The soil must also be well-drained, to avoid dangerous water stagnation. If it is too clayey, it may be useful to add sand.

Cyclamen: Watering

During the flowering period, the cyclamen should be watered every two or three days, without wetting the stem and leaves, to avoid the appearance of unpleasant moulds.

When the plant is in vegetative rest, in spring, the waterings are to be reduced.

The soil must never be too humid, in order not to create rottenness at the roots and, for this reason, it is always good to empty the pots before proceeding to a new watering.

Cyclamen: Diseases

Cyclamen can be attacked by parasites or mould and fungal diseases can occur.

To combat cyclamen diseases, a specific pesticide can be purchased in nurseries and garden shops, or natural remedies can be used.

But prevention is always the best cure and, if it respects the needs of the plant, in general you will not need any specific cure.

Just place the cyclamen in a cool, moist place, because it does not tolerate hot, dry air.

Provide your plant with a well-drained substrate, because cyclamen does not like heavy watering and the soil should only be wet if it is completely dry.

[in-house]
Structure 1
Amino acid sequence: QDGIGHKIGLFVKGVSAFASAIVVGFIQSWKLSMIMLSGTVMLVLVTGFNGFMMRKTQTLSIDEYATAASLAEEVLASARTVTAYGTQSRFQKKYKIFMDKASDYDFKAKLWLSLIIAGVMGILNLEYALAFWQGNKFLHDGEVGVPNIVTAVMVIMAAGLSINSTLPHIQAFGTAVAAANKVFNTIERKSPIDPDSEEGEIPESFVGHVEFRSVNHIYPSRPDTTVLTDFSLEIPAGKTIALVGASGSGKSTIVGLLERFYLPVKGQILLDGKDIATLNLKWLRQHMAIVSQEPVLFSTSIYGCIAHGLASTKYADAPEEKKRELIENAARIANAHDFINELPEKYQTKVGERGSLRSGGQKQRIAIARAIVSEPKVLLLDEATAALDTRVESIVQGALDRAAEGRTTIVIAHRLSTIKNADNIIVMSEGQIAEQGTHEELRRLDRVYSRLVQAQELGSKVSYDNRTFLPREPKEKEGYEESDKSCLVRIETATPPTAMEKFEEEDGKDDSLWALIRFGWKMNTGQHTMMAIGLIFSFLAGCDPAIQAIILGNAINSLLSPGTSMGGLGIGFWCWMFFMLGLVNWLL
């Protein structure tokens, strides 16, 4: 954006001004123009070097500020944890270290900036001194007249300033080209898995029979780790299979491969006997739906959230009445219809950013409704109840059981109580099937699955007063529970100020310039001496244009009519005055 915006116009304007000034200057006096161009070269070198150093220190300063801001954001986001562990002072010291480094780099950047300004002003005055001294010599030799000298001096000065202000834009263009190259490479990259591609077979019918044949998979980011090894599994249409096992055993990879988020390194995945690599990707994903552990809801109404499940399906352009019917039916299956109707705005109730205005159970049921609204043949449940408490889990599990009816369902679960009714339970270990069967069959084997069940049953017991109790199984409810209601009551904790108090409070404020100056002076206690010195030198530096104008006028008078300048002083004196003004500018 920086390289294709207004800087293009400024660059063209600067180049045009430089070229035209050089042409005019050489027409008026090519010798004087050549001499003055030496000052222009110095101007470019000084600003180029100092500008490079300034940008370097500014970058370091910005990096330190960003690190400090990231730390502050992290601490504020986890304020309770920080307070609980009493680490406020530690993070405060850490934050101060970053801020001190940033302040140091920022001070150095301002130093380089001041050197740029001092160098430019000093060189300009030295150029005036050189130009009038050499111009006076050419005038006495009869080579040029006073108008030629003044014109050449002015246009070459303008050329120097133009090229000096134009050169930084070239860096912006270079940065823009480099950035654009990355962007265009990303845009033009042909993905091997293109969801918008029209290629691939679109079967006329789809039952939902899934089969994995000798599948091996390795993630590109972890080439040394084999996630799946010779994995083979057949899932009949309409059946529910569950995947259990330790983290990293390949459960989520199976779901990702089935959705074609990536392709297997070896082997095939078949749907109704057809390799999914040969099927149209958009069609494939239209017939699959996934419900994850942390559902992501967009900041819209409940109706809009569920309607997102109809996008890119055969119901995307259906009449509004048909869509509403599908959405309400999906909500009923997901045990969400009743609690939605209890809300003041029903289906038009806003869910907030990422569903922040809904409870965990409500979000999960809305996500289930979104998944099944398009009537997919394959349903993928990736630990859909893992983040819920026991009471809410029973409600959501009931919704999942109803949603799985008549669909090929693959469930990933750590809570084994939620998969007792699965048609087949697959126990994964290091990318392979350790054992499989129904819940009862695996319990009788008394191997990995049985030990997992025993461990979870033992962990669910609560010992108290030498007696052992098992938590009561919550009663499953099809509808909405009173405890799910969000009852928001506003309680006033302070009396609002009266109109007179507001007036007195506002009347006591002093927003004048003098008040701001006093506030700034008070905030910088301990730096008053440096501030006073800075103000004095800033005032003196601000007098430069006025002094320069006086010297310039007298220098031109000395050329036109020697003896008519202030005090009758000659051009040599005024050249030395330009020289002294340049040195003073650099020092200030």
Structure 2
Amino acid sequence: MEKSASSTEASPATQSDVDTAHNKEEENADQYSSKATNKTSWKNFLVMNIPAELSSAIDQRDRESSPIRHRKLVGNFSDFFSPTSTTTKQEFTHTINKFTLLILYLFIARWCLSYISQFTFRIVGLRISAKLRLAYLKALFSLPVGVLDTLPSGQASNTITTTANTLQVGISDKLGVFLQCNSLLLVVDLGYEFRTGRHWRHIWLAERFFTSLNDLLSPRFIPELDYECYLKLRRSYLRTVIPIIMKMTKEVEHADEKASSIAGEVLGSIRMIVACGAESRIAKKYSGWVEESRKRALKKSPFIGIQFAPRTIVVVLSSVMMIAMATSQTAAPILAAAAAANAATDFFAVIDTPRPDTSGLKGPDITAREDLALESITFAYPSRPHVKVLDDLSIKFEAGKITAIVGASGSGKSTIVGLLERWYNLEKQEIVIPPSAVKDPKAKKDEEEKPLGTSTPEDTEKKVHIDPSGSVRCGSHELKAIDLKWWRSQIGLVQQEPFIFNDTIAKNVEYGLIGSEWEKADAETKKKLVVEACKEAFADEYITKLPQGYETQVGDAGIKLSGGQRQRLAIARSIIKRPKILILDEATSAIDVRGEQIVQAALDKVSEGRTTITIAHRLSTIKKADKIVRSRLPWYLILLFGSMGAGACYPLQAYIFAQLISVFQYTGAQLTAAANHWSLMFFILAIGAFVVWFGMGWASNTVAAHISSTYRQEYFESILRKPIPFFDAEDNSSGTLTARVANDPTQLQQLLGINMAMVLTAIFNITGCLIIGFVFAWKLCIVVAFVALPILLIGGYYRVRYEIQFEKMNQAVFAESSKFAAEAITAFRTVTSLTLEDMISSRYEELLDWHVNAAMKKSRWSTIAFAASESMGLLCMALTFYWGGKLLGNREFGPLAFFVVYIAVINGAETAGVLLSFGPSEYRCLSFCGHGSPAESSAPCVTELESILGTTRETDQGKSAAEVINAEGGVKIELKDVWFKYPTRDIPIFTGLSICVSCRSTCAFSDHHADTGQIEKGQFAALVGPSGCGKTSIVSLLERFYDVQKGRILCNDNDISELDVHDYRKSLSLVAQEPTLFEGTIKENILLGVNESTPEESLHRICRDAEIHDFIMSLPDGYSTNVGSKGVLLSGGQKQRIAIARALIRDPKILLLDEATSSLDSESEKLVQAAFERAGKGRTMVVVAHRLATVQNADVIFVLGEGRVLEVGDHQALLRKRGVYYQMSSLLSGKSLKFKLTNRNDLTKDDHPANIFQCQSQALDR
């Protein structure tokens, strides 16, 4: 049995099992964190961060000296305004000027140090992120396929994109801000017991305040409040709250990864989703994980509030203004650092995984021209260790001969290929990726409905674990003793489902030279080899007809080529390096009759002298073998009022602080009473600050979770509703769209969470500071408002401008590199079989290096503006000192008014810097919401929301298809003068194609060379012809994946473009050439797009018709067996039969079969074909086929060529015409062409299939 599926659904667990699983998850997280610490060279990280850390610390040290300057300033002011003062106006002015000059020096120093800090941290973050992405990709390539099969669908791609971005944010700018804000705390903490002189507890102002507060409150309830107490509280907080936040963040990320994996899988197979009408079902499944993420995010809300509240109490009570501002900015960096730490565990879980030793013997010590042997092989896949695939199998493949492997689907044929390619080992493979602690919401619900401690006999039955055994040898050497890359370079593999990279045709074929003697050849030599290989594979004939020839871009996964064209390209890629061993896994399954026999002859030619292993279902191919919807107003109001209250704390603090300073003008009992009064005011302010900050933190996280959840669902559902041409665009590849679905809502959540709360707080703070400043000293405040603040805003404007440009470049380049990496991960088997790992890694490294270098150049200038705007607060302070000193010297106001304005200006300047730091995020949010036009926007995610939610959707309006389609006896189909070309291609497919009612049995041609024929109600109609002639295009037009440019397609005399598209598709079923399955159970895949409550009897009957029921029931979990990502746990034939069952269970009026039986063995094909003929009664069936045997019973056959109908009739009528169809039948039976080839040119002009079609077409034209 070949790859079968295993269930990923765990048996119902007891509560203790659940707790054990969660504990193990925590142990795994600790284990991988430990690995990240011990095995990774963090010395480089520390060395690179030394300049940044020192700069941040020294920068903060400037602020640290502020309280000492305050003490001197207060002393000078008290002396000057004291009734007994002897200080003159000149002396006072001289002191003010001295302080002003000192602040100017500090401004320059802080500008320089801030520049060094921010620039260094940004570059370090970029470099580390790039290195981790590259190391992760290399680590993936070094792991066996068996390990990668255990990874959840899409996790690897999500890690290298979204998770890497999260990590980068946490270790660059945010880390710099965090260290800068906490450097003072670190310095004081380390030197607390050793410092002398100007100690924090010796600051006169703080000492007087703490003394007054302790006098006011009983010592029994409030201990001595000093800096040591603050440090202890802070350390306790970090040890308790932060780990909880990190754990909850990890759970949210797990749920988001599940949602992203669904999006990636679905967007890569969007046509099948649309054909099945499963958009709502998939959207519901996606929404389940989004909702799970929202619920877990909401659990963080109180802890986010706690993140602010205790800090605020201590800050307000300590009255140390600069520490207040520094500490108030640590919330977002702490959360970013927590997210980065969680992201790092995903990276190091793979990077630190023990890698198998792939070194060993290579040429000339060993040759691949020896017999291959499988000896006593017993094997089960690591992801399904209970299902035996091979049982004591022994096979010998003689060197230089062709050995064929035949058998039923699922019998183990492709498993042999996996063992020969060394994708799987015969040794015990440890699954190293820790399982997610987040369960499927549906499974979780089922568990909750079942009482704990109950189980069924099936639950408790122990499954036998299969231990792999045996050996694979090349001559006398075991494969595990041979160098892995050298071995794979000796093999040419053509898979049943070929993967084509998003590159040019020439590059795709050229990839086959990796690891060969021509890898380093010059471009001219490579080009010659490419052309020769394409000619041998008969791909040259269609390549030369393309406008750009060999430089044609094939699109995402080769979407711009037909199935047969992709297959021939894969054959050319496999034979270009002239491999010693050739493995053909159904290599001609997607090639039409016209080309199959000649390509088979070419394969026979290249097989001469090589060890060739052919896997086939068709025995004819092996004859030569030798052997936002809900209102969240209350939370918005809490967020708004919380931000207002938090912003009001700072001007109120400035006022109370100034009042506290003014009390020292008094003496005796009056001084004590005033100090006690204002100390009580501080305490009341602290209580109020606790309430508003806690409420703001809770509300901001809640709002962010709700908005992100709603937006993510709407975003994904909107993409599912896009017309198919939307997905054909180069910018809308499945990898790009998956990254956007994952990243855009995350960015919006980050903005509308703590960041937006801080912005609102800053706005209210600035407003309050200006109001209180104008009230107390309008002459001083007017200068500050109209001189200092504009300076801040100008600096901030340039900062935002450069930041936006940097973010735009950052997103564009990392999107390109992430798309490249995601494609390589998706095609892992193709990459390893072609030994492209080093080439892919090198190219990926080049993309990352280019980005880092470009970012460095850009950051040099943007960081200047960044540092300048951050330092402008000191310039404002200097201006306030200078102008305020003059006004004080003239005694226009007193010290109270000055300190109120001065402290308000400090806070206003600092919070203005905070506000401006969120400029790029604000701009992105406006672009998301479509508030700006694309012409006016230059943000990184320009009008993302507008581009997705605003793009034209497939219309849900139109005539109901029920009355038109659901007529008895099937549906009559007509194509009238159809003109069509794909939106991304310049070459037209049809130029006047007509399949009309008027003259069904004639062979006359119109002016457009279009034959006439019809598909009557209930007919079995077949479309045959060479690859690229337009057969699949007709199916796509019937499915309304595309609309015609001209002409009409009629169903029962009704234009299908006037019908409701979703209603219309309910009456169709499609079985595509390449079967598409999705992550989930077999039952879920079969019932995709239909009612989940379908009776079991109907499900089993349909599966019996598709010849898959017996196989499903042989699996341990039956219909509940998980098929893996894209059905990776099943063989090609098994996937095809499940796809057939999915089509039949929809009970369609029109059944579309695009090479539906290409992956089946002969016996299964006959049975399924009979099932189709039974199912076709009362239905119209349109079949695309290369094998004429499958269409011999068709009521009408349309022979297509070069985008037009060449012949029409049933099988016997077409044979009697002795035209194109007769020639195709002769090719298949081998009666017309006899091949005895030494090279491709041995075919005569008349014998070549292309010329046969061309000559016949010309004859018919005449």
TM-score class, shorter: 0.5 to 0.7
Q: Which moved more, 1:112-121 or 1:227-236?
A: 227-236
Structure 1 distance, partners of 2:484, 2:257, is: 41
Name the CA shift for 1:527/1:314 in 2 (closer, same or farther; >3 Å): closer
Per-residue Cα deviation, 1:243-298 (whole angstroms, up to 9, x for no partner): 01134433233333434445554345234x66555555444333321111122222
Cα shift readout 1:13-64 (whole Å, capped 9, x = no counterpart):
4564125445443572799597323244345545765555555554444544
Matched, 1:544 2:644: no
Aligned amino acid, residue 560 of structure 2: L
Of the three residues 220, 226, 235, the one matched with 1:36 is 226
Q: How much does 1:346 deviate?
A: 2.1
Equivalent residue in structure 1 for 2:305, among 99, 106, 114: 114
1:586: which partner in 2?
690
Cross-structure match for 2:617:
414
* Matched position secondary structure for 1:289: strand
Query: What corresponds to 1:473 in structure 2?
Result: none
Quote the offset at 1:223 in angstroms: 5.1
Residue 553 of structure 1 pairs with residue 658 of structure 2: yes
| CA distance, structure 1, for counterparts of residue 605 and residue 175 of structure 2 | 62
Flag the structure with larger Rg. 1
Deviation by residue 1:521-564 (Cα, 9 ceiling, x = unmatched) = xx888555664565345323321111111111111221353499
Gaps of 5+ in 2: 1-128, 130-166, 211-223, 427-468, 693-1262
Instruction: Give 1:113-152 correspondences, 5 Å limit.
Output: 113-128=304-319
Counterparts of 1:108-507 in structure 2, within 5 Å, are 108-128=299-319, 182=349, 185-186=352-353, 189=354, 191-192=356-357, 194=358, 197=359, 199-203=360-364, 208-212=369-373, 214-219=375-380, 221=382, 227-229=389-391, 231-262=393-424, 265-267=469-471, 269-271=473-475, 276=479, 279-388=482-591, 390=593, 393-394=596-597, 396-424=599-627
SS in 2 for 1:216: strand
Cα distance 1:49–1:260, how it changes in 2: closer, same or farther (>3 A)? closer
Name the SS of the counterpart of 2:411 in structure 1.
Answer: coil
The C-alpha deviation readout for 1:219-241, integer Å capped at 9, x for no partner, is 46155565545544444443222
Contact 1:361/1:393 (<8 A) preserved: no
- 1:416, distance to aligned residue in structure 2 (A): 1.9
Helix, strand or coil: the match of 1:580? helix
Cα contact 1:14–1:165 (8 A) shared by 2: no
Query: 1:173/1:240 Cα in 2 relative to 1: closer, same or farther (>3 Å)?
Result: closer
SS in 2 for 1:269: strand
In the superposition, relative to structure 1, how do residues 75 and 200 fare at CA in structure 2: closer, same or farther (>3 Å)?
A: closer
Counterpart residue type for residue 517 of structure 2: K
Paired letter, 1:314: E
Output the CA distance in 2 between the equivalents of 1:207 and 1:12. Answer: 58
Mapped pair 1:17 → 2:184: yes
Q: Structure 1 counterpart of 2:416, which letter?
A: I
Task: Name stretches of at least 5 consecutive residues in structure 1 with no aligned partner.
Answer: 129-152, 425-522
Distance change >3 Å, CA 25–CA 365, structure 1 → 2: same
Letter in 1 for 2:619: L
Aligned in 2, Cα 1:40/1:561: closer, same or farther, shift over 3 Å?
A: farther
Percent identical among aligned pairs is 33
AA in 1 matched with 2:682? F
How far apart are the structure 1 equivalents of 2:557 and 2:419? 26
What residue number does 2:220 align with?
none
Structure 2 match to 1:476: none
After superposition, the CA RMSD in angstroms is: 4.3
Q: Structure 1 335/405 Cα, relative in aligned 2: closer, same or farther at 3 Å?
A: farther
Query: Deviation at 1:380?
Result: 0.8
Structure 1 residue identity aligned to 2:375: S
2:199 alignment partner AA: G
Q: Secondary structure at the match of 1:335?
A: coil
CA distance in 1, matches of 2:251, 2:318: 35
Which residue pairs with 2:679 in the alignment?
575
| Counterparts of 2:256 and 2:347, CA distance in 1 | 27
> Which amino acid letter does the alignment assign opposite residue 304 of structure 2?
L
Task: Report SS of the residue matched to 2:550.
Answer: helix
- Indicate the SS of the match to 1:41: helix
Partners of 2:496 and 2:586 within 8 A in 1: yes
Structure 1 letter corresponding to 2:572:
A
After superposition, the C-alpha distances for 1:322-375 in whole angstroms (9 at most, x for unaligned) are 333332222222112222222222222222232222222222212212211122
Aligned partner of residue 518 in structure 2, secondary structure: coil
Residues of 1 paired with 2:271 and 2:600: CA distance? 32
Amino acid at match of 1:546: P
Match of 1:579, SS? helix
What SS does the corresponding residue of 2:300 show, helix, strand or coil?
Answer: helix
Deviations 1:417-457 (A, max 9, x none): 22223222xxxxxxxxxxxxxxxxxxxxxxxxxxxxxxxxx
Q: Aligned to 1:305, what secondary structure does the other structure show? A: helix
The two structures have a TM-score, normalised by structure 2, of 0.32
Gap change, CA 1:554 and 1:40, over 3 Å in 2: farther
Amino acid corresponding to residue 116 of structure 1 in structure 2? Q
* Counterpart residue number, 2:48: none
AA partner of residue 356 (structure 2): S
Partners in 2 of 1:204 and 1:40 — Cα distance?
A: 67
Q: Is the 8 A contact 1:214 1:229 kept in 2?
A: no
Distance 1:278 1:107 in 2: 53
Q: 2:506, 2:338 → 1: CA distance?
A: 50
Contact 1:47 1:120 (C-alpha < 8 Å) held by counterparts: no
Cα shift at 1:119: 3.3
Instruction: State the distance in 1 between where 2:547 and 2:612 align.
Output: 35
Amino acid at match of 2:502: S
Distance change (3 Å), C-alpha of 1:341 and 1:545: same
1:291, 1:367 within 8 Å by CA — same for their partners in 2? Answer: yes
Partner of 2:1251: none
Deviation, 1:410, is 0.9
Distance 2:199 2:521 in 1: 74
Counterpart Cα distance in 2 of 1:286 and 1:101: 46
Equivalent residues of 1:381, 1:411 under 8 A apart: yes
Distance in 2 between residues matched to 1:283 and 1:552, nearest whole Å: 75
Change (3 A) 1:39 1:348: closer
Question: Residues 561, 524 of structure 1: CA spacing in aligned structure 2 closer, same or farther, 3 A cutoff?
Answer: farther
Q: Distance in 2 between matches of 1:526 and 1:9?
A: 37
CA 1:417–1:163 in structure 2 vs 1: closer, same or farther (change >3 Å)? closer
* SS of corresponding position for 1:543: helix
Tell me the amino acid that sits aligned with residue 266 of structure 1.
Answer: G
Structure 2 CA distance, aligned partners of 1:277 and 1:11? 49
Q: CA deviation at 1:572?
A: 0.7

My Cyclamen is Withered

The cyclamen is a perennial plant, which continues to vegetate from year to year, but at the end of the flowering, its leaves remain beautiful and luxuriant even for some weeks, and, when the heat arrives, they tend to wither, because they are about to enter into vegetative rest.

In this period, we have to suspend the watering and let the leaves dry up in a natural way.

Then, it is good to move the plant in a dark, cool and dry place and let it rest for a couple of months. Once the period of vegetative rest has ended, watering must be resumed, the first time also in an abundant way, watering the soil completely.

Or, we can immerse the pot in a pool full of water for about one hour and then let the excess water drain, before repositioning the cyclamen in its residence.

In this way, the plant will come back to sprout and blossom again.

This is a very easy and effective system, otherwise, you can extract the tubers from the pots, leave them for a day in the air to dry and then place them in a bag of jute or linen, full of chips and sand and store them in a dry place in the dark until spring, when you can replant them.

Cyclamen: Meaning

Cyclamen is a flower that has taken on many different meanings over time, due to its very varied characteristics.

The ancients used to attribute to it a negative meaning of distrust and mistrust, because the roots of cyclamen possess a poison that is dangerous for man and animals.

Always for the ancients, however, for the round shape of the tuber, which was associated with that of the uterus, and the amount of its petals, the cyclamen has become the symbol of fertility and for this reason given to future or new mothers.

Today, the cyclamen, which survives the harsh winter, is considered a lucky flower and is the perfect gift for those who are going through a period of difficulty.